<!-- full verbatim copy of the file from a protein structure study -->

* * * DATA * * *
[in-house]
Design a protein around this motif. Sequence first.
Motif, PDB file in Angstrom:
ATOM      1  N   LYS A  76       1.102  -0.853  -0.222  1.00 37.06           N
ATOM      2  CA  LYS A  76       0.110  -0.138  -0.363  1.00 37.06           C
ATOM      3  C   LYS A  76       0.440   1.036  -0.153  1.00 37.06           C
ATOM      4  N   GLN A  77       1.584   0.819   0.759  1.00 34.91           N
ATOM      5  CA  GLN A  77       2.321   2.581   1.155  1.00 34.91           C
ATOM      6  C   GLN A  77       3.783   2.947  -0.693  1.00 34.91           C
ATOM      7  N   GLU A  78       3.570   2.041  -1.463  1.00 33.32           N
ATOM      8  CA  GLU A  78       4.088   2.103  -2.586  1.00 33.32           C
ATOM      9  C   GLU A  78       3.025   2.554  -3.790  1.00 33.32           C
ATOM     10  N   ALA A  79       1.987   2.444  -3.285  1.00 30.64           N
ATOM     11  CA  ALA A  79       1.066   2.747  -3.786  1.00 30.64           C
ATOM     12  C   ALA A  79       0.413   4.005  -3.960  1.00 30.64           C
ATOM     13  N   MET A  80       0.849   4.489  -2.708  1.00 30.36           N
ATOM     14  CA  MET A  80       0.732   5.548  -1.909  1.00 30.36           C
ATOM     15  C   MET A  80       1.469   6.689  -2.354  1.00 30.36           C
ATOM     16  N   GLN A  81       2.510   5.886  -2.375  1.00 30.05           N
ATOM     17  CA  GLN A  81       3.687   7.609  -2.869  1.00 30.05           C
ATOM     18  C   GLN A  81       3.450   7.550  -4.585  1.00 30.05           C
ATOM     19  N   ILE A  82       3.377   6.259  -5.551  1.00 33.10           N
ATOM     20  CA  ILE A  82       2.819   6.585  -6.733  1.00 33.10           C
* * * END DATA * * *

[in-house]
Design a protein around this motif. Sequence first.
Motif, PDB file in Angstrom:
ATOM      1  N   LYS A  76       1.102  -0.853  -0.222  1.00 37.06           N
ATOM      2  CA  LYS A  76       0.110  -0.138  -0.363  1.00 37.06           C
ATOM      3  C   LYS A  76       0.440   1.036  -0.153  1.00 37.06           C
ATOM      4  N   GLN A  77       1.584   0.819   0.759  1.00 34.91           N
ATOM      5  CA  GLN A  77       2.321   2.581   1.155  1.00 34.91           C
ATOM      6  C   GLN A  77       3.783   2.947  -0.693  1.00 34.91           C
ATOM      7  N   GLU A  78       3.570   2.041  -1.463  1.00 33.32           N
ATOM      8  CA  GLU A  78       4.088   2.103  -2.586  1.00 33.32           C
ATOM      9  C   GLU A  78       3.025   2.554  -3.790  1.00 33.32           C
ATOM     10  N   ALA A  79       1.987   2.444  -3.285  1.00 30.64           N
ATOM     11  CA  ALA A  79       1.066   2.747  -3.786  1.00 30.64           C
ATOM     12  C   ALA A  79       0.413   4.005  -3.960  1.00 30.64           C
ATOM     13  N   MET A  80       0.849   4.489  -2.708  1.00 30.36           N
ATOM     14  CA  MET A  80       0.732   5.548  -1.909  1.00 30.36           C
ATOM     15  C   MET A  80       1.469   6.689  -2.354  1.00 30.36           C
ATOM     16  N   GLN A  81       2.510   5.886  -2.375  1.00 30.05           N
ATOM     17  CA  GLN A  81       3.687   7.609  -2.869  1.00 30.05           C
ATOM     18  C   GLN A  81       3.450   7.550  -4.585  1.00 30.05           C
ATOM     19  N   ILE A  82       3.377   6.259  -5.551  1.00 33.10           N
ATOM     20  CA  ILE A  82       2.819   6.585  -6.733  1.00 33.10           C